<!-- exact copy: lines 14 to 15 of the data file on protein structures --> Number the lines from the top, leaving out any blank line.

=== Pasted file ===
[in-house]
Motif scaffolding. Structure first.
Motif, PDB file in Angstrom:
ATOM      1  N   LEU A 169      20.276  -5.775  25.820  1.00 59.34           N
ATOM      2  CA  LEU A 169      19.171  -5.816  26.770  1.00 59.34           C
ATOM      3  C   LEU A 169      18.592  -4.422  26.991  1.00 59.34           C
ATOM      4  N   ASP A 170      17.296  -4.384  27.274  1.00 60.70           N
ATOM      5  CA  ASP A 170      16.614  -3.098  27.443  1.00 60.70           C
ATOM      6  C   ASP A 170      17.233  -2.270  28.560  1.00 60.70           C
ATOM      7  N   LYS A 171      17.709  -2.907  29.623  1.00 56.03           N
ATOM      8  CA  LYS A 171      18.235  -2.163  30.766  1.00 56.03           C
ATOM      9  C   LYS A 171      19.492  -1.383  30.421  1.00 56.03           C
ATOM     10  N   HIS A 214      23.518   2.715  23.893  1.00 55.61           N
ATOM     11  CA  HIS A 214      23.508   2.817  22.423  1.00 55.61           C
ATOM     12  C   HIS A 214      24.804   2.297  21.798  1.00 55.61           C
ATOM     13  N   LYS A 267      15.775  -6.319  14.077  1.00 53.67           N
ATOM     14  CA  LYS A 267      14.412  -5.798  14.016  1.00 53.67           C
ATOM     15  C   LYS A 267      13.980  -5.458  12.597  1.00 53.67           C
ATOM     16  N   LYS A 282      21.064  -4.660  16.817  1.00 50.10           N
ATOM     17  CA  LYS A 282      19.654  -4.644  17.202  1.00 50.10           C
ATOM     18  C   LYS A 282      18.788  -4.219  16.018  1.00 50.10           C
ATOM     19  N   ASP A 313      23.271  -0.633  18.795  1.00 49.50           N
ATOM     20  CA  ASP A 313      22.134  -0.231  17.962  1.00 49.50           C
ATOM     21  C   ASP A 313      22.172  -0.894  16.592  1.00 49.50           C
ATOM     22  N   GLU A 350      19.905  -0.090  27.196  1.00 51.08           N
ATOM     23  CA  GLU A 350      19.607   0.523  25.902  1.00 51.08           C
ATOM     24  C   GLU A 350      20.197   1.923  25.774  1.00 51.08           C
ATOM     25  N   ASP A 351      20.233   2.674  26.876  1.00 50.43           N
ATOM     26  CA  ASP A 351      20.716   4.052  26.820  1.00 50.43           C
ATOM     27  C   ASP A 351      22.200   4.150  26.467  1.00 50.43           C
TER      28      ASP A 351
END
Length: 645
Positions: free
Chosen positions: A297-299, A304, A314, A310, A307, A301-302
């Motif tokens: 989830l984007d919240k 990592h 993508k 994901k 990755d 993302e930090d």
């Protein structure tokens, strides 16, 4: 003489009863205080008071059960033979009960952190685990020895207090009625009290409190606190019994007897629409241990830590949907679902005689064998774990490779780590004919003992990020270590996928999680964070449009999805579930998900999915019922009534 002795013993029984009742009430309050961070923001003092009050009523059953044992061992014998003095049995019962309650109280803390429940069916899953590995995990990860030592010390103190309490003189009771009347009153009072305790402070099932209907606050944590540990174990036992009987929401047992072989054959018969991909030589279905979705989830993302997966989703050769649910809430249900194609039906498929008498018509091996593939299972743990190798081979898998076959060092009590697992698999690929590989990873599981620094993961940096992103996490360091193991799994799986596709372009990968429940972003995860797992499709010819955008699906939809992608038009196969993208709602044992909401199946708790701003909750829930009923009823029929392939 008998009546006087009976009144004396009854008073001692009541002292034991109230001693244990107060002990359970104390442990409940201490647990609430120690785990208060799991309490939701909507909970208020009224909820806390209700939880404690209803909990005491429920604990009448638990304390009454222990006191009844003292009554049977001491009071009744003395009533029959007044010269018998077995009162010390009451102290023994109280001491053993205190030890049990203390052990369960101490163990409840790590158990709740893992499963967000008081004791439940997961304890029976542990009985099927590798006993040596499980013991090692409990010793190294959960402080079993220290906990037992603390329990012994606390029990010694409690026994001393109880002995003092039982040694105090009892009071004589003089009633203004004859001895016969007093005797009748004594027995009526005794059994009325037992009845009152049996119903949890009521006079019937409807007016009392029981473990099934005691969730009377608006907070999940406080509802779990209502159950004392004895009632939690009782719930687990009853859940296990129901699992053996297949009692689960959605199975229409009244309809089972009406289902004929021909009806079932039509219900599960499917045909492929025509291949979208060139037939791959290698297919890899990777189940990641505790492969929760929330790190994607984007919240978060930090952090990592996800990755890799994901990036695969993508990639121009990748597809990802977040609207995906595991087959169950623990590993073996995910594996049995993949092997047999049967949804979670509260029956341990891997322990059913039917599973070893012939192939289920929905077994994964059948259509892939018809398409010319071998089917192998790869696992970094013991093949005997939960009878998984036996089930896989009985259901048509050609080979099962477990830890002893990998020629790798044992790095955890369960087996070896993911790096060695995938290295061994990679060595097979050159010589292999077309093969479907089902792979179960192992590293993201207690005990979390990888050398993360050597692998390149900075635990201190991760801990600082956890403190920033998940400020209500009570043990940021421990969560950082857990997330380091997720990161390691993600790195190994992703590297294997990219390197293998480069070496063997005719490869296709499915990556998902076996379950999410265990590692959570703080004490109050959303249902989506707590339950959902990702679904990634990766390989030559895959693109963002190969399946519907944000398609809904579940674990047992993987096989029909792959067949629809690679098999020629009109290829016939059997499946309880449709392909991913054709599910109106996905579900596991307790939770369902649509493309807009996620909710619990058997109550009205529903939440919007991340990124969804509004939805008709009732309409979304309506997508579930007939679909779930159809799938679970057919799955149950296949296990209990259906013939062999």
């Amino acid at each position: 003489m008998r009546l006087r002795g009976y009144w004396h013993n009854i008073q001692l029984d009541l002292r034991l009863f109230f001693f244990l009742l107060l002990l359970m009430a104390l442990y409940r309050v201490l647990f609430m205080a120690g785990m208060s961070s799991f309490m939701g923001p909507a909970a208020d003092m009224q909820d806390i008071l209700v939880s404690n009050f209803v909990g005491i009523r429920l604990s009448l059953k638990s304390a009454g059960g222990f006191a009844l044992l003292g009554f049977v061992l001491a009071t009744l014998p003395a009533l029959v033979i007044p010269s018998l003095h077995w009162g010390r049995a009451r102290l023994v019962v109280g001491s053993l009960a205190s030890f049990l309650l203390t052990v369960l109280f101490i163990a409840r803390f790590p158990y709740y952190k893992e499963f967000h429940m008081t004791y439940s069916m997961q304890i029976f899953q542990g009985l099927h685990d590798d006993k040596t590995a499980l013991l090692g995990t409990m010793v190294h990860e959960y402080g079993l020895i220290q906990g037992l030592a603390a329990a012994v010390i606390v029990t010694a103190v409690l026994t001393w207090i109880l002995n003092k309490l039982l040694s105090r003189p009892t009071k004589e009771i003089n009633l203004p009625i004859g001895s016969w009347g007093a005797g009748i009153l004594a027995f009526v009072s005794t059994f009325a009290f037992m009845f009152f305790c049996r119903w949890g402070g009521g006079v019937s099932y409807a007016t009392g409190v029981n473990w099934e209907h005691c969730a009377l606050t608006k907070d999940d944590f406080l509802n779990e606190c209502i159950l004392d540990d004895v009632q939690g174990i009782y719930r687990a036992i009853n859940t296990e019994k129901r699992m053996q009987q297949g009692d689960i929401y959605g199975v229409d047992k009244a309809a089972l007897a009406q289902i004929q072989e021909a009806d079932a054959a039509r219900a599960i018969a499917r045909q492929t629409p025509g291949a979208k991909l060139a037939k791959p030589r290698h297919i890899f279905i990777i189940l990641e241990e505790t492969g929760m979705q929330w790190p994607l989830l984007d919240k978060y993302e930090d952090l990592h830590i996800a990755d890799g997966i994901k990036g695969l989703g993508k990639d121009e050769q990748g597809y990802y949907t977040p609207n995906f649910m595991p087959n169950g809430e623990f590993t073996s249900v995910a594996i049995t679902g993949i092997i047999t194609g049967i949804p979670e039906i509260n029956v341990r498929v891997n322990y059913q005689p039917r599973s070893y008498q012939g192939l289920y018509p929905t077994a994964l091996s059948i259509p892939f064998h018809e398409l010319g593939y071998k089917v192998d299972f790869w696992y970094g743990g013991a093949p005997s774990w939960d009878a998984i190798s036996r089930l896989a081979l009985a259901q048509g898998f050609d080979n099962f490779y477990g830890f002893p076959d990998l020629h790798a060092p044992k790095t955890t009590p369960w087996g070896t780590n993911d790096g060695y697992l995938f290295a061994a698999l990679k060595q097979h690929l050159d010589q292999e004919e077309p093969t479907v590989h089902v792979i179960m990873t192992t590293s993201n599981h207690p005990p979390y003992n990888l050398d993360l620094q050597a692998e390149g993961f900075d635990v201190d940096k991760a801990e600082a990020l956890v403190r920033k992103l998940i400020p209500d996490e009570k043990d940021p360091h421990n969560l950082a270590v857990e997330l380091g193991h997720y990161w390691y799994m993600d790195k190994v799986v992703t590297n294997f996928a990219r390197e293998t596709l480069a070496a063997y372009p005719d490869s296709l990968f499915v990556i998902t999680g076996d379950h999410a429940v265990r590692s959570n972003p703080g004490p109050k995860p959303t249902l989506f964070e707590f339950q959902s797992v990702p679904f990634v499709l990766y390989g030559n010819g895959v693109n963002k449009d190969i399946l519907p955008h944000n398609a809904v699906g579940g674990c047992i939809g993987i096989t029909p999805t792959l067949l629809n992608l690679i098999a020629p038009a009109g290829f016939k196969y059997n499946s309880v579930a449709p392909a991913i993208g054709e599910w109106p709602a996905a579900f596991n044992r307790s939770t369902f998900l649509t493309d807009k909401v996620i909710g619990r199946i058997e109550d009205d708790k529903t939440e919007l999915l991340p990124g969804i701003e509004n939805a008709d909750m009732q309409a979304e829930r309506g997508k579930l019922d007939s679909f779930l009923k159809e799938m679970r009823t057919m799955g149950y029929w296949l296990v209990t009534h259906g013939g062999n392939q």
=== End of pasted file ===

ATOM     11  CA  HIS A 214      23.508   2.817  22.423  1.00 55.61           C
ATOM     12  C   HIS A 214      24.804   2.297  21.798  1.00 55.61           C